The Coastal-Marine Automated Network (C-MAN) was established by NDBC for the NWS in the early 1980's. The development of C-MAN was in response to a need to maintain meteorological observations in U. S. coastal areas. Such observations, which had been made previously by USCG personnel, would have been lost as many USCG navigational aids were automated under the Lighthouse Automation and Modernization Program (LAMPS). In all, approximately 60 stations make up C-MAN.
C-MAN stations have been installed on lighthouses, at capes and beaches, on near shore islands, and on offshore platforms (see the NDBC station location map for all station locations).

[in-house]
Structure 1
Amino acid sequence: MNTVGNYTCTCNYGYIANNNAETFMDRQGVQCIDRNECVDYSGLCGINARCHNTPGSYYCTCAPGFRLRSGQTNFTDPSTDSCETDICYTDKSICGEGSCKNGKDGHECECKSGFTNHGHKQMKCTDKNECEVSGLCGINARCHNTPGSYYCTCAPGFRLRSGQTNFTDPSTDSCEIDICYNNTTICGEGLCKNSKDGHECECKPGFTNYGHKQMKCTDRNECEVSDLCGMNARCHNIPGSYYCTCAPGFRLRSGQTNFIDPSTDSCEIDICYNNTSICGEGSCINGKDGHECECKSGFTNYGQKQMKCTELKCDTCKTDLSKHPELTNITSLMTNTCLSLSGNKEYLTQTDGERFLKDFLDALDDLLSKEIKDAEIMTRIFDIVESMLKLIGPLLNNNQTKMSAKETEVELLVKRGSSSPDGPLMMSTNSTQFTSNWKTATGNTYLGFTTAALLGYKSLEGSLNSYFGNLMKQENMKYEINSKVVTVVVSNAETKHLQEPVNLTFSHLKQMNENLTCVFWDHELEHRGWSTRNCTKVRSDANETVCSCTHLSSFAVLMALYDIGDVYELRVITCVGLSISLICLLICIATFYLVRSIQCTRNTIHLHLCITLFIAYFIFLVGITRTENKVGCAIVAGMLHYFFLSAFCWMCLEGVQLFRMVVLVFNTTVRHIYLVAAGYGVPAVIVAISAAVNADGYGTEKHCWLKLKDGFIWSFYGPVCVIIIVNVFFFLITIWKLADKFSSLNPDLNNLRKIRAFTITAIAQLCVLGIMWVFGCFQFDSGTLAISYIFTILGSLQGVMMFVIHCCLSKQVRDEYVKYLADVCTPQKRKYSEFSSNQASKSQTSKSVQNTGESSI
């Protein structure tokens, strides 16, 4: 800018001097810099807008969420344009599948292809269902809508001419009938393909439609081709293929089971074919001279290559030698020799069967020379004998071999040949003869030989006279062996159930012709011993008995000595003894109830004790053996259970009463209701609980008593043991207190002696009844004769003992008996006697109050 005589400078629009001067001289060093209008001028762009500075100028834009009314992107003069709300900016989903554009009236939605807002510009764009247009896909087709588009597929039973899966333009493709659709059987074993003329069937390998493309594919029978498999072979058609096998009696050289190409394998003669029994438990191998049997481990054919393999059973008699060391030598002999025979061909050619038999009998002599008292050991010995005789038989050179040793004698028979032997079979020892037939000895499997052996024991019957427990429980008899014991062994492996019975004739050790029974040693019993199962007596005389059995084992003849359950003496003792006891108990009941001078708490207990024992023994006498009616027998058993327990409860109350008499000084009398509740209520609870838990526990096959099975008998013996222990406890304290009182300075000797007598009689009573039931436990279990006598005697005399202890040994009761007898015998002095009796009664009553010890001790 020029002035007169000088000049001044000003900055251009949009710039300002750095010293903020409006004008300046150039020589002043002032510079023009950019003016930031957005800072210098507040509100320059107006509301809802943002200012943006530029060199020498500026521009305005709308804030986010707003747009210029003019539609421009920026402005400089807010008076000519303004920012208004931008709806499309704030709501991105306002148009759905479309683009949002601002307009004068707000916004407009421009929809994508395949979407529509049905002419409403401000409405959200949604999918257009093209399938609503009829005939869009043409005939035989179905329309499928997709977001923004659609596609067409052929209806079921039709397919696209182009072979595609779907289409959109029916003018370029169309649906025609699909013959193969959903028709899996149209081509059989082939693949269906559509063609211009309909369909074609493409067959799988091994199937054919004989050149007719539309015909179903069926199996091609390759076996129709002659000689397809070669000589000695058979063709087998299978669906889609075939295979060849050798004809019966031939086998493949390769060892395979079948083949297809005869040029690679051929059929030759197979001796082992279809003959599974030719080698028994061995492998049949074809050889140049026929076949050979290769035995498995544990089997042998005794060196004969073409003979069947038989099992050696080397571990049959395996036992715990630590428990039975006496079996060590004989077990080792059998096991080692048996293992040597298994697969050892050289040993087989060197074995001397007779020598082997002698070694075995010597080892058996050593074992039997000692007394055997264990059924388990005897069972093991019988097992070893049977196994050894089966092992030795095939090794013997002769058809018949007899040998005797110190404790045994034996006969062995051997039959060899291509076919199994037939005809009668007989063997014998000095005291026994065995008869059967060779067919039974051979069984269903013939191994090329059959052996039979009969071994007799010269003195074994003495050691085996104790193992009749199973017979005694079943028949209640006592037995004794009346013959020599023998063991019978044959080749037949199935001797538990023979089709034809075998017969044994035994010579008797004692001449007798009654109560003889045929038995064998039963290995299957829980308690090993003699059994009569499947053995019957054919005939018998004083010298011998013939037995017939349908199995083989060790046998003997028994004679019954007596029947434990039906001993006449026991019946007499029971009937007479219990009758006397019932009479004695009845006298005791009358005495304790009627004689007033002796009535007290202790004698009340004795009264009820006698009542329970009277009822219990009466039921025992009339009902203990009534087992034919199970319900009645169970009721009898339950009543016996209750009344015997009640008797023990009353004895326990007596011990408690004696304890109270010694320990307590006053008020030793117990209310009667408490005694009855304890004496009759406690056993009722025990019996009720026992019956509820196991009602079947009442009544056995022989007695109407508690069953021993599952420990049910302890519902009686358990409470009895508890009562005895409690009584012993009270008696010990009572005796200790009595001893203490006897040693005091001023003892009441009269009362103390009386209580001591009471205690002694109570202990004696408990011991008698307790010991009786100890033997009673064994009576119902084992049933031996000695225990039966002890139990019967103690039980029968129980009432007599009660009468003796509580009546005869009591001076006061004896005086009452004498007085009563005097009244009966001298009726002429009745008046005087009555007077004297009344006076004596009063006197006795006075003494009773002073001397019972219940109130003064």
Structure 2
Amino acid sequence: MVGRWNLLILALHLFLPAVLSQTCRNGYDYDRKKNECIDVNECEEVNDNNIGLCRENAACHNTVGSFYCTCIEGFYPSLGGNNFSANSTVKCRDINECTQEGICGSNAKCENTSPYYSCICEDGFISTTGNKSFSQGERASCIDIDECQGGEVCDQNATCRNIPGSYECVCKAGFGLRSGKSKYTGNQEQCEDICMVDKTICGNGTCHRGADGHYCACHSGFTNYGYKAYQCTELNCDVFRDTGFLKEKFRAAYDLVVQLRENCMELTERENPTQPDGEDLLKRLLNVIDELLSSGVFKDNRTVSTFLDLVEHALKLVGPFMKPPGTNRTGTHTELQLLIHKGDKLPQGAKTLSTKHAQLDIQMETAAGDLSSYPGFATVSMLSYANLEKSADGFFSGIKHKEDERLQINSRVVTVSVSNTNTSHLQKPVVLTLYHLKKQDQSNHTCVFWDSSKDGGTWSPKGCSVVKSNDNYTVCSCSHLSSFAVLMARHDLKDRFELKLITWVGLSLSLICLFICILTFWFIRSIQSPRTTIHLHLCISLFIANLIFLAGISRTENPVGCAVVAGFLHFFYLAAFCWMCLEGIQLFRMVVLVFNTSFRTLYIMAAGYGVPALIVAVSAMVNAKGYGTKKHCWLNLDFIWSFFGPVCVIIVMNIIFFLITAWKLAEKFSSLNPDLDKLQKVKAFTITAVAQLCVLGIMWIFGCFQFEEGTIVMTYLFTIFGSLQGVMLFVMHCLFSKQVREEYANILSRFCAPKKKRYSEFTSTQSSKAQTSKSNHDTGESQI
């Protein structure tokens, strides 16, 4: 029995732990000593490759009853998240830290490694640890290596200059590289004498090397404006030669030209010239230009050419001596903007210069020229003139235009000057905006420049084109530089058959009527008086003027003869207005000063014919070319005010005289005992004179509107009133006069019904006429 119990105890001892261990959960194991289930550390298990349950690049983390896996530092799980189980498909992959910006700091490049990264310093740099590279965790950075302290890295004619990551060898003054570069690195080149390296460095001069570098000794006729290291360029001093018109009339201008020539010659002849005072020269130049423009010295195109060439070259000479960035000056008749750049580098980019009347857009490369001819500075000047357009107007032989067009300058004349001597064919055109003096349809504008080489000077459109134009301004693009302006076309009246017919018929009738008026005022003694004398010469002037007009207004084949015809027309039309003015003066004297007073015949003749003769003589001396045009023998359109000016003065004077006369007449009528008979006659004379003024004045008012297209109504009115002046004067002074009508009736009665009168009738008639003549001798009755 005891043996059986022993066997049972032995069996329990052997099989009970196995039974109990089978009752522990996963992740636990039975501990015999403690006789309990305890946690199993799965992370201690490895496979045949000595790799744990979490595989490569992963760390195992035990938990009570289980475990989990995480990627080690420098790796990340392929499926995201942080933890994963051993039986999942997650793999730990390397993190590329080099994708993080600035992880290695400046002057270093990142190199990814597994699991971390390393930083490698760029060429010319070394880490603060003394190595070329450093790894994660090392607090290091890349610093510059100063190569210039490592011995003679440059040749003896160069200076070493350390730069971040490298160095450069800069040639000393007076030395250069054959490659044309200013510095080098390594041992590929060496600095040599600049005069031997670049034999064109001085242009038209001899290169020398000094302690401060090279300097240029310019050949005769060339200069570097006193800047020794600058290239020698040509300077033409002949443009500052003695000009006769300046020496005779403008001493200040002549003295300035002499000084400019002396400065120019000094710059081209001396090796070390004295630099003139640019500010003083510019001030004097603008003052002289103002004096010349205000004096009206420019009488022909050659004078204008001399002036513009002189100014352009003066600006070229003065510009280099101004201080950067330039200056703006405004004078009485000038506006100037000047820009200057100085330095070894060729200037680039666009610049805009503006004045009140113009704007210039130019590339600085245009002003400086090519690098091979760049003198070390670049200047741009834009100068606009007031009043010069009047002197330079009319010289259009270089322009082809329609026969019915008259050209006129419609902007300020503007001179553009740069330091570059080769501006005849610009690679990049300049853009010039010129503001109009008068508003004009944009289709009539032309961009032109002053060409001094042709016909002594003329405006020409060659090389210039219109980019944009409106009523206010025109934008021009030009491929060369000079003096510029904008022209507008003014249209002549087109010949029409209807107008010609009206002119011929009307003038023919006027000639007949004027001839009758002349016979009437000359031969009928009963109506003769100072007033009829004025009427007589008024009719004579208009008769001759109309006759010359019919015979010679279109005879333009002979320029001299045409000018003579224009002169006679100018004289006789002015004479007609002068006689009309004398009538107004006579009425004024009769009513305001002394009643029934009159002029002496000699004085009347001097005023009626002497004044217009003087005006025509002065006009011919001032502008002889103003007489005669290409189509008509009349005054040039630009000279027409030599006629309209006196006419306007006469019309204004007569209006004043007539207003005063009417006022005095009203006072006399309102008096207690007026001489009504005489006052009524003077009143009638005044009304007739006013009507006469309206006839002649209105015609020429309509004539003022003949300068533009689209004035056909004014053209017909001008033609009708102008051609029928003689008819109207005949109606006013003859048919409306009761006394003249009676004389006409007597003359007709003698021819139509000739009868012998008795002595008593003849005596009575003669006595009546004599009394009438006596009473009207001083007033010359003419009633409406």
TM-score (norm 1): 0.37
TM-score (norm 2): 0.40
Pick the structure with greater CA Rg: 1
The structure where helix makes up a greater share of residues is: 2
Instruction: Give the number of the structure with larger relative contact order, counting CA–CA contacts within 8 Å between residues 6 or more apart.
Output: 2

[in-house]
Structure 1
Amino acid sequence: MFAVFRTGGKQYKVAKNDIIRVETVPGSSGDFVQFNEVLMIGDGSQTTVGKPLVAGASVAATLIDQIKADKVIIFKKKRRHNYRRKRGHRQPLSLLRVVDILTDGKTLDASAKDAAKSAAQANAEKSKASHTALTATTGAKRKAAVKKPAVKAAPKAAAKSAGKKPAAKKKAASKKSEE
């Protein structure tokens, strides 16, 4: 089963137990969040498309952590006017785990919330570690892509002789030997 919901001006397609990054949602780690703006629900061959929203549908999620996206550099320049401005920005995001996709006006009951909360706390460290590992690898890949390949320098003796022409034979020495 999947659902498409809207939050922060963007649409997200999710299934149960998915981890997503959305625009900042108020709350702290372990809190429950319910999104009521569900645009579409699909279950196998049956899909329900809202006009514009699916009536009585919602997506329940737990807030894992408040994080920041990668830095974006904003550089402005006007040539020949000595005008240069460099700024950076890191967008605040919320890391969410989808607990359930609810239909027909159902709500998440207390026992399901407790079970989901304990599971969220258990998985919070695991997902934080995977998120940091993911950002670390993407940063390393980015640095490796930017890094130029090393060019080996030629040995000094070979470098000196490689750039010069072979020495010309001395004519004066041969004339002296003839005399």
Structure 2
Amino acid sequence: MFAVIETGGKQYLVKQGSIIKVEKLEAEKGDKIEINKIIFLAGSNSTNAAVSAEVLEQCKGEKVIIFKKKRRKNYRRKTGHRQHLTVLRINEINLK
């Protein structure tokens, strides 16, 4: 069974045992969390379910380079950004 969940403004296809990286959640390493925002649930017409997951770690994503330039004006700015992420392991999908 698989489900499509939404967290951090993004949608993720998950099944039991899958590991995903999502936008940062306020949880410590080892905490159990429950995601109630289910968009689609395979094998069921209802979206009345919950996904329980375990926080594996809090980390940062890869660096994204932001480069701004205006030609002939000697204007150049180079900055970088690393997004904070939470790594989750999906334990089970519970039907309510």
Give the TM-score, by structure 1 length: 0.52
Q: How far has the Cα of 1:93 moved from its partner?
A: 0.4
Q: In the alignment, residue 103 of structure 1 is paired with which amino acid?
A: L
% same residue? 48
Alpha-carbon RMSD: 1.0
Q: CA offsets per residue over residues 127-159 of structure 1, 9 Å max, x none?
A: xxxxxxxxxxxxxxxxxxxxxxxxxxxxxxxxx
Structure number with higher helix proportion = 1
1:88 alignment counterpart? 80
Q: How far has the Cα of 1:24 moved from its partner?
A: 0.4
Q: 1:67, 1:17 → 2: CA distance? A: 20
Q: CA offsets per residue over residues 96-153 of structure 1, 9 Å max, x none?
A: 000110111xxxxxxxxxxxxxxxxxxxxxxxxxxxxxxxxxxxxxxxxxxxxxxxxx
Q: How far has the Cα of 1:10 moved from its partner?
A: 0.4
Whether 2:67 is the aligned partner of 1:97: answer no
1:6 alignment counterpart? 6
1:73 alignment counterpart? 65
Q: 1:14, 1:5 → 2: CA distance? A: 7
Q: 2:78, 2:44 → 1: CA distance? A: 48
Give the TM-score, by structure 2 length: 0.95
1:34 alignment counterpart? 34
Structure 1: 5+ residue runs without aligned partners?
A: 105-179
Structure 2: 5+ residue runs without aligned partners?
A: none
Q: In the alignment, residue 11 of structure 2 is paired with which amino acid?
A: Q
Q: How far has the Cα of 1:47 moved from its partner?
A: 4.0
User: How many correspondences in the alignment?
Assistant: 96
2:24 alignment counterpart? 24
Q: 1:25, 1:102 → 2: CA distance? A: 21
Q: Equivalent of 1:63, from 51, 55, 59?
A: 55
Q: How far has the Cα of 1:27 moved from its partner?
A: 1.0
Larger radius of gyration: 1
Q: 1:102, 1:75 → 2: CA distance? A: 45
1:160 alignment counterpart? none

C-MAN station data typically include barometric pressure, wind direction, speed and gust, and air temperature; however, some C-MAN stations are designed to also measure sea water temperature, water level, waves, relative humidity, precipitation, and visibility. These data are processed and transmitted hourly to users in a manner almost identical to moored buoy data. In addition to the conventional method of data transmission, certain C-MAN stations are equipped with telephone modems that allow more frequent data acquisition, data quality checking, and remote payload reconfiguration or restarting.
A list of NDBC C-MAN stations and configurations is available in the Weekly Platform Status Report.